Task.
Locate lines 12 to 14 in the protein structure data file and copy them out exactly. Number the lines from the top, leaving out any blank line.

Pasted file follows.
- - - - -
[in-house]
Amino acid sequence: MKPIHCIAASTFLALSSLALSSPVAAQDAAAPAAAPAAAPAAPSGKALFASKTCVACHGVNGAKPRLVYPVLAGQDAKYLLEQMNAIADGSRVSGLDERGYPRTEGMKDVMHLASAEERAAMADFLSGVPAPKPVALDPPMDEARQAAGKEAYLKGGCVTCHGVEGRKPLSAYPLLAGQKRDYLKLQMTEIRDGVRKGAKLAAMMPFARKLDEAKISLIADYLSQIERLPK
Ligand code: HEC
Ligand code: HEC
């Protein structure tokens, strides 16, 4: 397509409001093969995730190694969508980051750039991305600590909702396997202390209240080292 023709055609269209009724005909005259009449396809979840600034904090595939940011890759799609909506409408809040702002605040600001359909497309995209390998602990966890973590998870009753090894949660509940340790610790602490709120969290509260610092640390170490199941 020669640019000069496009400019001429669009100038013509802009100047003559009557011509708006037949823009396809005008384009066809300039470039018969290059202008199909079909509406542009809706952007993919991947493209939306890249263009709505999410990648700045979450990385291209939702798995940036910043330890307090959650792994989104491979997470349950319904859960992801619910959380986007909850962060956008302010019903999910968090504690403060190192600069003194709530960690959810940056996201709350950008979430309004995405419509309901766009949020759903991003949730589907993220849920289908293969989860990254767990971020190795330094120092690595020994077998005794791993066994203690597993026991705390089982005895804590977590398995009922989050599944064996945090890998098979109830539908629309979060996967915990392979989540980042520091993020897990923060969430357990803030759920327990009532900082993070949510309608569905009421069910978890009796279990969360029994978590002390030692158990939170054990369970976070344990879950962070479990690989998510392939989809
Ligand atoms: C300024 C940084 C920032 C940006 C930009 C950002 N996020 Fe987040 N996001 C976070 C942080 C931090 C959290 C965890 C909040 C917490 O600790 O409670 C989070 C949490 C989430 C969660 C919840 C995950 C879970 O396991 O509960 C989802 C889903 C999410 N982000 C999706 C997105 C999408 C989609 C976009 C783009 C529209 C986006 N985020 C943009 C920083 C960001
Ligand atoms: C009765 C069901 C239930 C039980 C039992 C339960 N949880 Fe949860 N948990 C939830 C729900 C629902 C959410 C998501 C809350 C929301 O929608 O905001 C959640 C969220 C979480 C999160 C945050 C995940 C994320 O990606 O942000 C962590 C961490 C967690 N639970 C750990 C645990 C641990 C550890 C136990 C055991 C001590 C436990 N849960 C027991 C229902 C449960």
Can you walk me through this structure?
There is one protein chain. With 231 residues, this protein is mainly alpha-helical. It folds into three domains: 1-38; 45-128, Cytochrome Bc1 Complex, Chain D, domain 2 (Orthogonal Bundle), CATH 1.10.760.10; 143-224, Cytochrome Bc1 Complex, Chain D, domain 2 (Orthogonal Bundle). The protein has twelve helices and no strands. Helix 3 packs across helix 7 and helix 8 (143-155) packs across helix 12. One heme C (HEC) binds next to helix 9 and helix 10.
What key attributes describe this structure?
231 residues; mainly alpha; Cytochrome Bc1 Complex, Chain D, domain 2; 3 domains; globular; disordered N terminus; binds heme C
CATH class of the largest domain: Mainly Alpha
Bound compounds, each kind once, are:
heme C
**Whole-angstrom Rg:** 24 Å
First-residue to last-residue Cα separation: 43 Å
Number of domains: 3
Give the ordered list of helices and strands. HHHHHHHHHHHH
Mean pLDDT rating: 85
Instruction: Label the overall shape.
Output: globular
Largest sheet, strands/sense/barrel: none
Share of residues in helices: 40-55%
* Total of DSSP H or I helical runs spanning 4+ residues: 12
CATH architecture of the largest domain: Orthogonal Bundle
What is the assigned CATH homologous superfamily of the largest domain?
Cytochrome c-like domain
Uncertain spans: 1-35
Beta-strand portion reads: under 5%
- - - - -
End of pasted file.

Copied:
CATH class of the largest domain: Mainly Alpha
Bound compounds, each kind once, are:
heme C